2. Creating Accessible Forms: This article by the University of Washington explains how to create accessible forms with appropriate labels and more.
  3. Designing for Screen Reader Compatibility: This resource from WebAIM shares tips on how to design your website for screen reader compatibility.
  4. Accessible Font Sizing, Explained: This guide by CSS-Tricks explains font sizing for accessible design, including some simple steps you can take to get started.
  5. Tips for Making Your Website Keyboard-Accessible: This resource from The American Foundation for the Blind can help you get started with keyboard navigation and accessibility.
  6. Introduction to ARIA: This article by WebAIM offers an introduction to ARIA, and how you can begin applying best practices and guidelines today.

Six Ways to Make Your Social Media More Accessible

As Kuhn points out, social media is “incredibly inaccessible.” While accessibility is becoming an increasingly important theme in website design, it tends to be left out of social media. The following tips can help you ensure that your social accounts are accessible.

Add Video Descriptions

If you frequently share videos on social media, consider incorporating live transcribed video, closed captions, descriptive audio, or a descriptive transcript.

Use Descriptive Image Captions

Image captions with descriptions and alternative text (also known as alt text) can help readers better visualize images even if they cannot see them.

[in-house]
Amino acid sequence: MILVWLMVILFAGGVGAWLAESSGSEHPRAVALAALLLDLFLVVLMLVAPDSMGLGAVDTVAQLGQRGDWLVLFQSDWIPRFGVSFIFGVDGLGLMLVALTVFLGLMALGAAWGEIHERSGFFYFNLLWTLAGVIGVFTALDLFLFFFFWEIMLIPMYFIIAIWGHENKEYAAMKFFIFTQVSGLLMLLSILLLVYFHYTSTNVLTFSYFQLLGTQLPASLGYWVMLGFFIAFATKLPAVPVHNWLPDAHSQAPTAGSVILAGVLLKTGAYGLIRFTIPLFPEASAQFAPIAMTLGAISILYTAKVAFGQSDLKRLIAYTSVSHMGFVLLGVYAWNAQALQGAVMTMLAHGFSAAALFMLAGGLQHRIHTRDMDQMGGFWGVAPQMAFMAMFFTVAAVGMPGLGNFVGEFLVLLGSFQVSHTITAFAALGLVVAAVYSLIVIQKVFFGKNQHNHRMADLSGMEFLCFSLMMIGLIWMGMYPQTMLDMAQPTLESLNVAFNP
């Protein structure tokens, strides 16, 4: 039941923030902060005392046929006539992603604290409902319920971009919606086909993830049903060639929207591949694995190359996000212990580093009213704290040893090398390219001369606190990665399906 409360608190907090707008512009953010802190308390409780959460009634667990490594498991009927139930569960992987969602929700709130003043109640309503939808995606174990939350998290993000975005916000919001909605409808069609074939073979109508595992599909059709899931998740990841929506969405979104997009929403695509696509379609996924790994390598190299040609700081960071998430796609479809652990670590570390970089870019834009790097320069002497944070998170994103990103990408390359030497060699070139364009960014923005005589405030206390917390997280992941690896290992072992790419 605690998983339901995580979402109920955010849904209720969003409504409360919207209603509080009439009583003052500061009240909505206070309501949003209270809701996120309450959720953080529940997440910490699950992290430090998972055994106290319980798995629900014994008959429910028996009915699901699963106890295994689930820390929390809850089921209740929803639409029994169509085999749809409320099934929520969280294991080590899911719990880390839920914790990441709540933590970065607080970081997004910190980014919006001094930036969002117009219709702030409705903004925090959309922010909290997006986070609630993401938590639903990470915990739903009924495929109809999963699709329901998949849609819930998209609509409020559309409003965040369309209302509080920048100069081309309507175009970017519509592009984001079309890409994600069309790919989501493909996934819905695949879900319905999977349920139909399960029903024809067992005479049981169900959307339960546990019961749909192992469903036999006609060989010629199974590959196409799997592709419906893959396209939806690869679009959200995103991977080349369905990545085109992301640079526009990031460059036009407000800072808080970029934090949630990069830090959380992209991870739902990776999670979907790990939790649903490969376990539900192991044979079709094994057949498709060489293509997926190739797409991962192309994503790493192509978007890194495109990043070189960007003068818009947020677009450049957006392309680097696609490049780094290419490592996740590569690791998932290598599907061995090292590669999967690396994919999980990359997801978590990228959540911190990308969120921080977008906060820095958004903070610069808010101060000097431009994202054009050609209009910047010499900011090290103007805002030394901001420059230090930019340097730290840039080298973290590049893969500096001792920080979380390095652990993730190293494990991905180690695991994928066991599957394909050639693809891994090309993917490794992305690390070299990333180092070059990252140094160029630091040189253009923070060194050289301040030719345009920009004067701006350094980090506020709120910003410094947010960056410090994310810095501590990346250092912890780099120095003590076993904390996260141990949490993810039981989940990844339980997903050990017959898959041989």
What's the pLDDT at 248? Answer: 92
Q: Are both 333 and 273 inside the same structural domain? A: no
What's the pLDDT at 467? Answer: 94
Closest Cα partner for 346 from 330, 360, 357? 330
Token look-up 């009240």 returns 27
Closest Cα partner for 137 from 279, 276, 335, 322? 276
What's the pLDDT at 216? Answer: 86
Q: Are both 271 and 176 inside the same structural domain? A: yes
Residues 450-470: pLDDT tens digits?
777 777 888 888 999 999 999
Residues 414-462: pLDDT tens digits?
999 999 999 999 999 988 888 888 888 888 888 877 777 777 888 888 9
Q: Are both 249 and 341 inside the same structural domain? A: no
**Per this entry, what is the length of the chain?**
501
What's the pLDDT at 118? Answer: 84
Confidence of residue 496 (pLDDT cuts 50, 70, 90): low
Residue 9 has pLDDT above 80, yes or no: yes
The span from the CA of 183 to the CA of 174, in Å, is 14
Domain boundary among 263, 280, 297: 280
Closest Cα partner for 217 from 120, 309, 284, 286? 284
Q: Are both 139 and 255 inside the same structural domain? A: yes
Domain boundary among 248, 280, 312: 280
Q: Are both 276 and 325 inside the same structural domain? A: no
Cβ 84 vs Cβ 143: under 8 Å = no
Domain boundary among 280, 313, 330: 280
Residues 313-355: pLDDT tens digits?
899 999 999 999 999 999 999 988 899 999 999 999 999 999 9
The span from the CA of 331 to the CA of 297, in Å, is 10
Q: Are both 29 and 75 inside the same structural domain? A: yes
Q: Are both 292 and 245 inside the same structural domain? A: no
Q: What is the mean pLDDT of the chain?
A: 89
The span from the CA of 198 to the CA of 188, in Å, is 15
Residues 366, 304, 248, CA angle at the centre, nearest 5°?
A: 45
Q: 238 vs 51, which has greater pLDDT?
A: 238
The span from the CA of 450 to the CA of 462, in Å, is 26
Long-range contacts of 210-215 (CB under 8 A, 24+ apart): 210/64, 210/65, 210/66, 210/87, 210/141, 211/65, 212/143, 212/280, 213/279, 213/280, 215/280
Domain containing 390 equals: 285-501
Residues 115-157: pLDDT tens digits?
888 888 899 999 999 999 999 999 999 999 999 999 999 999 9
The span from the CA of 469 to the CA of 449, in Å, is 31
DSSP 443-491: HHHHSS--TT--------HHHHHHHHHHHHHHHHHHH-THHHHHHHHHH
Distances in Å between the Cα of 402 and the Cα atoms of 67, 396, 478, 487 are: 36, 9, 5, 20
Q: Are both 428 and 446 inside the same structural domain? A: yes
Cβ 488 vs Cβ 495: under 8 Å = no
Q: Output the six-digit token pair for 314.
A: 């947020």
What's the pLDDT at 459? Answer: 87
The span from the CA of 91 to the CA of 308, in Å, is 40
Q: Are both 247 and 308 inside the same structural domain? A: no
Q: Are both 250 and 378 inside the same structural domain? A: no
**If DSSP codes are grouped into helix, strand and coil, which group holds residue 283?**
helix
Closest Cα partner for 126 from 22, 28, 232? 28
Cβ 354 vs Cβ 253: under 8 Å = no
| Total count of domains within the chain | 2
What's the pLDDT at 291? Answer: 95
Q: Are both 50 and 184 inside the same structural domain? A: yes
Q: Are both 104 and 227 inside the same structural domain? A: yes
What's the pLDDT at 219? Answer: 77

Use Text With GIFs

Most social media platforms do not allow adding alt text to GIFs. Alternatively, you can add captions or text to describe the GIF.

Use Inclusive Language

You should avoid using terminology, tone, or phrases that suggest stereotyped or discriminatory views about particular people or groups.

Use Accessible Text

Screen reading technology does not do well with copy that includes emojis, special characters, or full caps. It is best to limit the use of these in your social media posts.

Capitalize First Letters in Hashtags

When using a hashtag, capitalizing the first letter of each word can make it easier for those with a screen reader to read and understand the text.

Click here to view a more accessible version of these tips.

Here are some free resources that can help you implement these tips:

  1. Social Media Accessibility Guidelines: This article by Princeton University shares tips on adding descriptive image captions, transcripts, audio descriptions, and more to your social media posts and videos.
  2. Add Text to GIF: While captioning your GIFs can be done by adding text above or below, this tool by Veed.io allows you to add text directly to them.
  3. Inclusive Language Guide: This guide by the GSM Association (GSMA) contains inclusive and non-inclusive terms for individuals with disabilities, as well as for many other groups.